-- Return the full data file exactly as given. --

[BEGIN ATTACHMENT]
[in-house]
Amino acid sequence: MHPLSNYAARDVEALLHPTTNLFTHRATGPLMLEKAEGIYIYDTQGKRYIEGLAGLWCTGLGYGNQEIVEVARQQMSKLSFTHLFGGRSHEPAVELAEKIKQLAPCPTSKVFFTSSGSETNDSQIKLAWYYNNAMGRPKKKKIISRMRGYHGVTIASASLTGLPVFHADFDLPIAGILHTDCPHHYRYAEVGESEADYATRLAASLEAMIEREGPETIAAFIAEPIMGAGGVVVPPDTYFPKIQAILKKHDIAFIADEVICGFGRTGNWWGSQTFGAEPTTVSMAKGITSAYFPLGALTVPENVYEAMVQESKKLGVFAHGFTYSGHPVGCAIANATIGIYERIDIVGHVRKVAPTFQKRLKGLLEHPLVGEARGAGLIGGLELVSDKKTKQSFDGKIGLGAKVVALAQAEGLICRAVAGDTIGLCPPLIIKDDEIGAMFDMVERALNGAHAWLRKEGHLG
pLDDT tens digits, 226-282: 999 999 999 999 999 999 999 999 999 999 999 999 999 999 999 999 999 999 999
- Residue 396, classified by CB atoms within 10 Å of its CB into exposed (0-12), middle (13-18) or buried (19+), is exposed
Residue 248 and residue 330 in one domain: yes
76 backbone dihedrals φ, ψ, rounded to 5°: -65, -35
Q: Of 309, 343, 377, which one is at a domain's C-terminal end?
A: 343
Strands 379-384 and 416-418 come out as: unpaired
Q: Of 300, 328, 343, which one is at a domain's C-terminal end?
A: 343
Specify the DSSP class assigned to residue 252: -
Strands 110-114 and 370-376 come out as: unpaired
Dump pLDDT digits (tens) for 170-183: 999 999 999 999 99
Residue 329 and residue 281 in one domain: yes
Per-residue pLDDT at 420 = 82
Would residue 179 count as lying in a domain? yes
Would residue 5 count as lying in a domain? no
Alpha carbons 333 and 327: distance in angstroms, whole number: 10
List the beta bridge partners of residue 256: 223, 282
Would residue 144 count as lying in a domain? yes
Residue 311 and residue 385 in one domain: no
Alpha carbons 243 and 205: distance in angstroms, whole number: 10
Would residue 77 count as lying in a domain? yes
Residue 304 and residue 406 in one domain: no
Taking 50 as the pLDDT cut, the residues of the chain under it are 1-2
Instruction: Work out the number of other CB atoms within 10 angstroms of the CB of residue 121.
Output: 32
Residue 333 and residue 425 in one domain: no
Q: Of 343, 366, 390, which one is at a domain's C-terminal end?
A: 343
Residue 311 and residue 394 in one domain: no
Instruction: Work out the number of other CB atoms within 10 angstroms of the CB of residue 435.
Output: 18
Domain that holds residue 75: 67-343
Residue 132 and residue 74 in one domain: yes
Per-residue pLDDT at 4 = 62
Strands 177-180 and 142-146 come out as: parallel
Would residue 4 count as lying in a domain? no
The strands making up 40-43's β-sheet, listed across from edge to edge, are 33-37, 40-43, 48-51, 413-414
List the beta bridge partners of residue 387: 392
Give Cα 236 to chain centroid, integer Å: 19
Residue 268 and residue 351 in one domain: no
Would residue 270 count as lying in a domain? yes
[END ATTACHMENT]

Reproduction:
[in-house]
Amino acid sequence: MHPLSNYAARDVEALLHPTTNLFTHRATGPLMLEKAEGIYIYDTQGKRYIEGLAGLWCTGLGYGNQEIVEVARQQMSKLSFTHLFGGRSHEPAVELAEKIKQLAPCPTSKVFFTSSGSETNDSQIKLAWYYNNAMGRPKKKKIISRMRGYHGVTIASASLTGLPVFHADFDLPIAGILHTDCPHHYRYAEVGESEADYATRLAASLEAMIEREGPETIAAFIAEPIMGAGGVVVPPDTYFPKIQAILKKHDIAFIADEVICGFGRTGNWWGSQTFGAEPTTVSMAKGITSAYFPLGALTVPENVYEAMVQESKKLGVFAHGFTYSGHPVGCAIANATIGIYERIDIVGHVRKVAPTFQKRLKGLLEHPLVGEARGAGLIGGLELVSDKKTKQSFDGKIGLGAKVVALAQAEGLICRAVAGDTIGLCPPLIIKDDEIGAMFDMVERALNGAHAWLRKEGHLG
pLDDT tens digits, 226-282: 999 999 999 999 999 999 999 999 999 999 999 999 999 999 999 999 999 999 999
- Residue 396, classified by CB atoms within 10 Å of its CB into exposed (0-12), middle (13-18) or buried (19+), is exposed
Residue 248 and residue 330 in one domain: yes
76 backbone dihedrals φ, ψ, rounded to 5°: -65, -35
Q: Of 309, 343, 377, which one is at a domain's C-terminal end?
A: 343
Strands 379-384 and 416-418 come out as: unpaired
Q: Of 300, 328, 343, which one is at a domain's C-terminal end?
A: 343
Specify the DSSP class assigned to residue 252: -
Strands 110-114 and 370-376 come out as: unpaired
Dump pLDDT digits (tens) for 170-183: 999 999 999 999 99
Residue 329 and residue 281 in one domain: yes
Per-residue pLDDT at 420 = 82
Would residue 179 count as lying in a domain? yes
Would residue 5 count as lying in a domain? no
Alpha carbons 333 and 327: distance in angstroms, whole number: 10
List the beta bridge partners of residue 256: 223, 282
Would residue 144 count as lying in a domain? yes
Residue 311 and residue 385 in one domain: no
Alpha carbons 243 and 205: distance in angstroms, whole number: 10
Would residue 77 count as lying in a domain? yes
Residue 304 and residue 406 in one domain: no
Taking 50 as the pLDDT cut, the residues of the chain under it are 1-2
Instruction: Work out the number of other CB atoms within 10 angstroms of the CB of residue 121.
Output: 32
Residue 333 and residue 425 in one domain: no
Q: Of 343, 366, 390, which one is at a domain's C-terminal end?
A: 343
Residue 311 and residue 394 in one domain: no
Instruction: Work out the number of other CB atoms within 10 angstroms of the CB of residue 435.
Output: 18
Domain that holds residue 75: 67-343
Residue 132 and residue 74 in one domain: yes
Per-residue pLDDT at 4 = 62
Strands 177-180 and 142-146 come out as: parallel
Would residue 4 count as lying in a domain? no
The strands making up 40-43's β-sheet, listed across from edge to edge, are 33-37, 40-43, 48-51, 413-414
List the beta bridge partners of residue 387: 392
Give Cα 236 to chain centroid, integer Å: 19
Residue 268 and residue 351 in one domain: no
Would residue 270 count as lying in a domain? yes